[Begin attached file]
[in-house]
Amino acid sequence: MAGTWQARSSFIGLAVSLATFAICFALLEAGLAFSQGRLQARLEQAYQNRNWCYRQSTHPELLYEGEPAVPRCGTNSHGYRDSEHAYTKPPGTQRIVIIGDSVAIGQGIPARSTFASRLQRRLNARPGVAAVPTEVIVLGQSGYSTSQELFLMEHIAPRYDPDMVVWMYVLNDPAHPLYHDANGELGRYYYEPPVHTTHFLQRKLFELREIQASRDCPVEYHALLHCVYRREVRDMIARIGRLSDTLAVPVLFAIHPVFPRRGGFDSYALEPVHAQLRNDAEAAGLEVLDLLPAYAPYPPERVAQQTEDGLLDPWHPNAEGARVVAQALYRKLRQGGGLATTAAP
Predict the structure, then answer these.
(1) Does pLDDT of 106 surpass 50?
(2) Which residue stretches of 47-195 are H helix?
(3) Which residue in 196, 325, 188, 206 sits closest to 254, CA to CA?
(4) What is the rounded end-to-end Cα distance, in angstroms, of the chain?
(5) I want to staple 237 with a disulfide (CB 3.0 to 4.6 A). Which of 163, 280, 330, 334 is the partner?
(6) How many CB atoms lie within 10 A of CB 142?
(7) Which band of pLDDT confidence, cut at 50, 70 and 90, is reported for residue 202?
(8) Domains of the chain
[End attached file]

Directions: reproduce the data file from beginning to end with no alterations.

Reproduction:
[in-house]
Amino acid sequence: MAGTWQARSSFIGLAVSLATFAICFALLEAGLAFSQGRLQARLEQAYQNRNWCYRQSTHPELLYEGEPAVPRCGTNSHGYRDSEHAYTKPPGTQRIVIIGDSVAIGQGIPARSTFASRLQRRLNARPGVAAVPTEVIVLGQSGYSTSQELFLMEHIAPRYDPDMVVWMYVLNDPAHPLYHDANGELGRYYYEPPVHTTHFLQRKLFELREIQASRDCPVEYHALLHCVYRREVRDMIARIGRLSDTLAVPVLFAIHPVFPRRGGFDSYALEPVHAQLRNDAEAAGLEVLDLLPAYAPYPPERVAQQTEDGLLDPWHPNAEGARVVAQALYRKLRQGGGLATTAAP
Predict the structure, then answer these.
(1) Does pLDDT of 106 surpass 50?
(2) Which residue stretches of 47-195 are H helix?
(3) Which residue in 196, 325, 188, 206 sits closest to 254, CA to CA?
(4) What is the rounded end-to-end Cα distance, in angstroms, of the chain?
(5) I want to staple 237 with a disulfide (CB 3.0 to 4.6 A). Which of 163, 280, 330, 334 is the partner?
(6) How many CB atoms lie within 10 A of CB 142?
(7) Which band of pLDDT confidence, cut at 50, 70 and 90, is reported for residue 202?
(8) Domains of the chain